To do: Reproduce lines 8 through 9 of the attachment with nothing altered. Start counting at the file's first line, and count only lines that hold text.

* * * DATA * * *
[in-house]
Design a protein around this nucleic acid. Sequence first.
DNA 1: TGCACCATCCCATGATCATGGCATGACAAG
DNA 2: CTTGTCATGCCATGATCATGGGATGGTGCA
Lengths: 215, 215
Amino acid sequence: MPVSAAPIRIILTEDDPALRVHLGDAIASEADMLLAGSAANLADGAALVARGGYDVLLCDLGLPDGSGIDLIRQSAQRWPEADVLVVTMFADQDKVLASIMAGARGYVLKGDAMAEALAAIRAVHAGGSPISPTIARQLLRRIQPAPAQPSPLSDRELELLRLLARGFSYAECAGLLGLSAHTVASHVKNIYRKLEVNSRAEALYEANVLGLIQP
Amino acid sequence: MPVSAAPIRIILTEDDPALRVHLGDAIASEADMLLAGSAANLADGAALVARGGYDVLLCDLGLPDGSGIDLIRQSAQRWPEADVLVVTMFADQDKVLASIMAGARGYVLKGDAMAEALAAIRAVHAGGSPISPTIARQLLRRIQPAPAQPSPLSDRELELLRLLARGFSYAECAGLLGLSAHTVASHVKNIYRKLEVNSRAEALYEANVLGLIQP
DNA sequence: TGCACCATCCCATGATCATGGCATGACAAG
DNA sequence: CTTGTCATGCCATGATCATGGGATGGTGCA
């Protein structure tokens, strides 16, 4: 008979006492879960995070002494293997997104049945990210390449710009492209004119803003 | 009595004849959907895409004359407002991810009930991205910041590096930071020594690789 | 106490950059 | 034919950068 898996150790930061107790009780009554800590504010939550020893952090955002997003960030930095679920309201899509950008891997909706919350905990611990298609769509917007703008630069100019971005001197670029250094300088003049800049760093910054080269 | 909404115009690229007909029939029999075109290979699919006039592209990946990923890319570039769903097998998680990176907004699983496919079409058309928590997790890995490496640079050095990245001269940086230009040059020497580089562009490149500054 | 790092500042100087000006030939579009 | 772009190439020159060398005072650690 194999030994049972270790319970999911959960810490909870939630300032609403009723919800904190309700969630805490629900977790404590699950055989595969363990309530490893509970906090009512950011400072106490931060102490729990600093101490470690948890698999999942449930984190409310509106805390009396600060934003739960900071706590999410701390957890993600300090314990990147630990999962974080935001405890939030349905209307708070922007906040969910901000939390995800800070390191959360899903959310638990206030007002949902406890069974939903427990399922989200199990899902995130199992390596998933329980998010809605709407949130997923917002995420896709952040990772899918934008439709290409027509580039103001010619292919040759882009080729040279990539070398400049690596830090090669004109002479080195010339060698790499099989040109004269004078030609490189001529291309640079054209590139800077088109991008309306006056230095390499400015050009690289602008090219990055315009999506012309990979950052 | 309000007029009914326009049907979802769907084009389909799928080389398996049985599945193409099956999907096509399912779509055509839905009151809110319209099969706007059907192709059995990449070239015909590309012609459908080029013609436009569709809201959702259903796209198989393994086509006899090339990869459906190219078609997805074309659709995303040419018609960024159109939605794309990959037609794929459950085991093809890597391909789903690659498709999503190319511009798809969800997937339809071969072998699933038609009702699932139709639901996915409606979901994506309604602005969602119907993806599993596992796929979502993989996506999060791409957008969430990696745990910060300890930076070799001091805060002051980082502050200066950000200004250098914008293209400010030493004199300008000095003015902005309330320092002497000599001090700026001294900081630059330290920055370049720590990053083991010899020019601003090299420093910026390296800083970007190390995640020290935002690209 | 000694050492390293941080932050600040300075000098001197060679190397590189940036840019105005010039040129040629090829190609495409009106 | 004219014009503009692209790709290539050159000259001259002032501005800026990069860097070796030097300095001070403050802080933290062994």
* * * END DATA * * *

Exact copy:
DNA sequence: TGCACCATCCCATGATCATGGCATGACAAG
DNA sequence: CTTGTCATGCCATGATCATGGGATGGTGCA